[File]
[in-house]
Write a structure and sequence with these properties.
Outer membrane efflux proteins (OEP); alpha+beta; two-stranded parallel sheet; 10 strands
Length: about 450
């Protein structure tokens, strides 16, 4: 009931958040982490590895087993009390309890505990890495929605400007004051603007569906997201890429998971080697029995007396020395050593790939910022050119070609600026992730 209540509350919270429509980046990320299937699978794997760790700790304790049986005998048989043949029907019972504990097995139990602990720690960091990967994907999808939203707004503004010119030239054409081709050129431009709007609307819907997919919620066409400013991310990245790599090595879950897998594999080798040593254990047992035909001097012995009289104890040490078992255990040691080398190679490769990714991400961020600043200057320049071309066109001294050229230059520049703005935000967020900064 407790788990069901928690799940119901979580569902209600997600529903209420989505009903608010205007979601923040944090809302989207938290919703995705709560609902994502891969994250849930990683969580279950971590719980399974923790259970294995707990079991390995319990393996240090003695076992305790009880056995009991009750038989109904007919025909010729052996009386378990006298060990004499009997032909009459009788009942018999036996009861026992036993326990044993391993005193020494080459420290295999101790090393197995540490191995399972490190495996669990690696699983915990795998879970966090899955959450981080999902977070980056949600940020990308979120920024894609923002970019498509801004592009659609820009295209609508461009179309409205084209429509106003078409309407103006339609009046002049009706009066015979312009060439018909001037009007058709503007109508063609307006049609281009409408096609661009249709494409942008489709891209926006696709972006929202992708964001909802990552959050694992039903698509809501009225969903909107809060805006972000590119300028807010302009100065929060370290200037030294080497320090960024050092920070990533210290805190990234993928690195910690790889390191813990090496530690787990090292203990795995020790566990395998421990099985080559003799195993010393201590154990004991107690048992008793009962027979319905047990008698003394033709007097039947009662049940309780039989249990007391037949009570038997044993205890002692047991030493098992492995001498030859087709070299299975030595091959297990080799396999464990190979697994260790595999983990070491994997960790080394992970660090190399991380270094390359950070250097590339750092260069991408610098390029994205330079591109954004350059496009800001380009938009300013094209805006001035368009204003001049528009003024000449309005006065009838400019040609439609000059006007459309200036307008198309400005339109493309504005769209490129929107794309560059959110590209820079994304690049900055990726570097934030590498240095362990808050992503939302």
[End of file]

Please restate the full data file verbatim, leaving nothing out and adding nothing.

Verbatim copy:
[in-house]
Write a structure and sequence with these properties.
Outer membrane efflux proteins (OEP); alpha+beta; two-stranded parallel sheet; 10 strands
Length: about 450
């Protein structure tokens, strides 16, 4: 009931958040982490590895087993009390309890505990890495929605400007004051603007569906997201890429998971080697029995007396020395050593790939910022050119070609600026992730 209540509350919270429509980046990320299937699978794997760790700790304790049986005998048989043949029907019972504990097995139990602990720690960091990967994907999808939203707004503004010119030239054409081709050129431009709007609307819907997919919620066409400013991310990245790599090595879950897998594999080798040593254990047992035909001097012995009289104890040490078992255990040691080398190679490769990714991400961020600043200057320049071309066109001294050229230059520049703005935000967020900064 407790788990069901928690799940119901979580569902209600997600529903209420989505009903608010205007979601923040944090809302989207938290919703995705709560609902994502891969994250849930990683969580279950971590719980399974923790259970294995707990079991390995319990393996240090003695076992305790009880056995009991009750038989109904007919025909010729052996009386378990006298060990004499009997032909009459009788009942018999036996009861026992036993326990044993391993005193020494080459420290295999101790090393197995540490191995399972490190495996669990690696699983915990795998879970966090899955959450981080999902977070980056949600940020990308979120920024894609923002970019498509801004592009659609820009295209609508461009179309409205084209429509106003078409309407103006339609009046002049009706009066015979312009060439018909001037009007058709503007109508063609307006049609281009409408096609661009249709494409942008489709891209926006696709972006929202992708964001909802990552959050694992039903698509809501009225969903909107809060805006972000590119300028807010302009100065929060370290200037030294080497320090960024050092920070990533210290805190990234993928690195910690790889390191813990090496530690787990090292203990795995020790566990395998421990099985080559003799195993010393201590154990004991107690048992008793009962027979319905047990008698003394033709007097039947009662049940309780039989249990007391037949009570038997044993205890002692047991030493098992492995001498030859087709070299299975030595091959297990080799396999464990190979697994260790595999983990070491994997960790080394992970660090190399991380270094390359950070250097590339750092260069991408610098390029994205330079591109954004350059496009800001380009938009300013094209805006001035368009204003001049528009003024000449309005006065009838400019040609439609000059006007459309200036307008198309400005339109493309504005769209490129929107794309560059959110590209820079994304690049900055990726570097934030590498240095362990808050992503939302």